A sniffer-camera for imaging of ethanol vaporization from wine: the effect of wine glass shape†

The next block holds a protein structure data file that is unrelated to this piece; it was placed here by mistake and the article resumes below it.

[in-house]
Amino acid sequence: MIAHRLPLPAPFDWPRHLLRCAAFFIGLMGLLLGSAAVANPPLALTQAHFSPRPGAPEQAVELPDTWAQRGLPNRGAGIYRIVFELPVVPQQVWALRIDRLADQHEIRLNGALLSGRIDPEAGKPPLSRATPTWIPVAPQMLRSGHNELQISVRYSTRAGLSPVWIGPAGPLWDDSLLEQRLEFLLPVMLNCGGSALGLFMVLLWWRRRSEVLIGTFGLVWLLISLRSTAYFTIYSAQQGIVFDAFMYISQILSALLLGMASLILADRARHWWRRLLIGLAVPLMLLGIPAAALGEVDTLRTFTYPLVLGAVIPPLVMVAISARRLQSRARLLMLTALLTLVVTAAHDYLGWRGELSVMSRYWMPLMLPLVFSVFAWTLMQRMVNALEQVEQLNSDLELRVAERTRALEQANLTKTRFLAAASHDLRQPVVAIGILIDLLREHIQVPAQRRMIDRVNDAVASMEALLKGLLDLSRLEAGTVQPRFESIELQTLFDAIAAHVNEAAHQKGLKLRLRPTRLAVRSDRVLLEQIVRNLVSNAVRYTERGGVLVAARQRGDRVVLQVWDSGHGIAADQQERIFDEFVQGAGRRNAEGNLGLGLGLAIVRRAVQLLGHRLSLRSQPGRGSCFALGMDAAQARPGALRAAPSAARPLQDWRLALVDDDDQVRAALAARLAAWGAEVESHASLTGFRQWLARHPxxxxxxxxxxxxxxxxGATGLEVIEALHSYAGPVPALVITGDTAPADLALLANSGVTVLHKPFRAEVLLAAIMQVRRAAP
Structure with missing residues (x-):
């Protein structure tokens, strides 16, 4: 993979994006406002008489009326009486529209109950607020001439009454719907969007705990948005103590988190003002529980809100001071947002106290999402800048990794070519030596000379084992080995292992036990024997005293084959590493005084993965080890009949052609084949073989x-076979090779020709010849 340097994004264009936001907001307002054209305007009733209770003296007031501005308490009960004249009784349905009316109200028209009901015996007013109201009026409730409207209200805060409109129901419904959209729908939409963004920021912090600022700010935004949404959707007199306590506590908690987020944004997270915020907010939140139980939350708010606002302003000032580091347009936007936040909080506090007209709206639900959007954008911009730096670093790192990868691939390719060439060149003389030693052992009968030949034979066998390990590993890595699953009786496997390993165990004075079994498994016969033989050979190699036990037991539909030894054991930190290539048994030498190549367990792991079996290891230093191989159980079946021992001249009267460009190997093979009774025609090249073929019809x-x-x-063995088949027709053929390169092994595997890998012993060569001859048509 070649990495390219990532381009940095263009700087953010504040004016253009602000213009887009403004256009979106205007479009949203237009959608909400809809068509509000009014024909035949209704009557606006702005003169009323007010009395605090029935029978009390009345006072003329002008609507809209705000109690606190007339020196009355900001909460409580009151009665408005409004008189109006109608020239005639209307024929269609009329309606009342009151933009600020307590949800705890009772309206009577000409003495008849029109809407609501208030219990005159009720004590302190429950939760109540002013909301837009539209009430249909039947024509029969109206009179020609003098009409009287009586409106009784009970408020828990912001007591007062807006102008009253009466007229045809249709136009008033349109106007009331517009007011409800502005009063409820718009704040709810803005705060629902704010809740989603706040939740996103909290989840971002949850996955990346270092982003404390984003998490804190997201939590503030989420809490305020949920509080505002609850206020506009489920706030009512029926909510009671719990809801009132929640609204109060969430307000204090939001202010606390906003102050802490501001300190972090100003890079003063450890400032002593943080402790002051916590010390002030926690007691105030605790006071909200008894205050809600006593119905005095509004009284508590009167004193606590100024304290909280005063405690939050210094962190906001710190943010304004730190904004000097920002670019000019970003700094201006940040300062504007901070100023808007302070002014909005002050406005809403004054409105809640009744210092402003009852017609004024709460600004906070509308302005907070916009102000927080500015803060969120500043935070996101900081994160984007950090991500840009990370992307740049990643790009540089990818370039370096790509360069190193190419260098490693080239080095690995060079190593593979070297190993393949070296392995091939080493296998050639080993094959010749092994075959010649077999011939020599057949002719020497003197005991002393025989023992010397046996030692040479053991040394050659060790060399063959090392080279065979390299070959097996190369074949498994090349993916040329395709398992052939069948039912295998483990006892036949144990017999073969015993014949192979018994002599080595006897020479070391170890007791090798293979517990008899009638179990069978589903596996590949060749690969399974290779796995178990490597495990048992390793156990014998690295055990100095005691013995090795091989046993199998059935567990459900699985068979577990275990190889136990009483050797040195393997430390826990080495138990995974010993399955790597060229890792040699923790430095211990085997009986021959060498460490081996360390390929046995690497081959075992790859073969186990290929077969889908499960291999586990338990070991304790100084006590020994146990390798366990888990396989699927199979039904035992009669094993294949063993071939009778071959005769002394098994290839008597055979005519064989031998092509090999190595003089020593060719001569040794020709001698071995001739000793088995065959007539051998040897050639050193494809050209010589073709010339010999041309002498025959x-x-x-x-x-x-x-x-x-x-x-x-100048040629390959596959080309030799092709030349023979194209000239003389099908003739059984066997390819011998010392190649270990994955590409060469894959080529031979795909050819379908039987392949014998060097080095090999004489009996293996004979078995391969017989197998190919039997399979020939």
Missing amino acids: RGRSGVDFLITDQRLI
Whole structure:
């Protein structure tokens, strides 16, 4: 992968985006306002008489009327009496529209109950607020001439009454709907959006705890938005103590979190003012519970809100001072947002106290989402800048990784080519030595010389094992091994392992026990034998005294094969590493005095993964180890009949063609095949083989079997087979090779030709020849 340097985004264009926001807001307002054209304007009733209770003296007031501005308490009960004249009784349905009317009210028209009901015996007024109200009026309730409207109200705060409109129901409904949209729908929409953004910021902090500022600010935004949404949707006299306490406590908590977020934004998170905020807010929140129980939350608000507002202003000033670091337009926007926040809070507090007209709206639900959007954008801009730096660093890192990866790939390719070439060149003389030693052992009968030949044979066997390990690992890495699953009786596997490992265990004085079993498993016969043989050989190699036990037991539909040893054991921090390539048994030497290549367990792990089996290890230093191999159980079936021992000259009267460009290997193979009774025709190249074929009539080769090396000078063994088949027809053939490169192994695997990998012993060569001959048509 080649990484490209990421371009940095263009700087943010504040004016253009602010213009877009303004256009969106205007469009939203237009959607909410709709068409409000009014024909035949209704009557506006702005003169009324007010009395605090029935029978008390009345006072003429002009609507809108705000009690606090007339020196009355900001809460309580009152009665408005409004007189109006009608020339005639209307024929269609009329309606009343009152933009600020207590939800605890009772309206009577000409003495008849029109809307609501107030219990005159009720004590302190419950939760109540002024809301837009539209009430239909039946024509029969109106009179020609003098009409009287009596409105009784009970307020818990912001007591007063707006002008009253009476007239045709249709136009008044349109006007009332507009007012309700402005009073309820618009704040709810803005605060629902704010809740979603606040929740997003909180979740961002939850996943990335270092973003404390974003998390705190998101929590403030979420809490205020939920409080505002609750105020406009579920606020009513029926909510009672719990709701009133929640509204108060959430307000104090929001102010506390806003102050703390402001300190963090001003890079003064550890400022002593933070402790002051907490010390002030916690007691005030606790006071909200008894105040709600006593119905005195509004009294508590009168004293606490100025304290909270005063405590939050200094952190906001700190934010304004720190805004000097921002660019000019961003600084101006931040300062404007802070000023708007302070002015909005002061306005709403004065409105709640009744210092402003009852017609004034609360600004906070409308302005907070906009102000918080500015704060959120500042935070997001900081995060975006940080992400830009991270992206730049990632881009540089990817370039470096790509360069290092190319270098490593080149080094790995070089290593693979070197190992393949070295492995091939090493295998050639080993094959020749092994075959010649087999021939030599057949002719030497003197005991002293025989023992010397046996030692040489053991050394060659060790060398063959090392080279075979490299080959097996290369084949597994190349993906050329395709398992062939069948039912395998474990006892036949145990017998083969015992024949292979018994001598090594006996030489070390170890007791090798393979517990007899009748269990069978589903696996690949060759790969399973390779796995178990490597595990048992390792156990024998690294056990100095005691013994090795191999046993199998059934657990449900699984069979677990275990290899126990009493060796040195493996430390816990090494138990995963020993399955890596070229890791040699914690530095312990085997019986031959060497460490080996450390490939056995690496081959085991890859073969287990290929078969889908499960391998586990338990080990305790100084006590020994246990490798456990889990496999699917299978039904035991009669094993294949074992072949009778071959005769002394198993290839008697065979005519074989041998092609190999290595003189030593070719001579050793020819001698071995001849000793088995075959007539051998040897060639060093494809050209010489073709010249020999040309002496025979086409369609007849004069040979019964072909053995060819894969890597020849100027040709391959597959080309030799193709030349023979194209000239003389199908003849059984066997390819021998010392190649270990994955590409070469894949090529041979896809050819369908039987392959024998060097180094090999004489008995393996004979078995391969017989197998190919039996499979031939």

A two-dimensional imaging system (Sniffer-camera) for visualizing the concentration distribution of ethanol vapor emitting from wine in a wine glass has been developed. This system provides image information of ethanol vapor concentration using chemiluminescence (CL) from an enzyme-immobilized mesh. This system measures ethanol vapor concentration as CL intensities from luminol reactions induced by alcohol oxidase and a horseradish peroxidase (HRP)–luminol–hydrogen peroxide system. Conversion of ethanol distribution and concentration to two-dimensional CL was conducted using an enzyme-immobilized mesh containing an alcohol oxidase, horseradish peroxidase, and luminol solution. The temporal changes in CL were detected using an electron multiplier (EM)-CCD camera and analyzed. We selected three types of glasses—a wine glass, a cocktail glass, and a straight glass—to determine the differences in ethanol emission caused by the shape effects of the glass. The emission measurements of ethanol vapor from wine in each glass were successfully visualized, with pixel intensity reflecting ethanol concentration. Of note, a characteristic ring shape attributed to high alcohol concentration appeared near the rim of the wine glass containing 13 °C wine. Thus, the alcohol concentration in the center of the wine glass was comparatively lower. The Sniffer-camera was demonstrated to be sufficiently useful for non-destructive ethanol measurement for the assessment of food characteristics.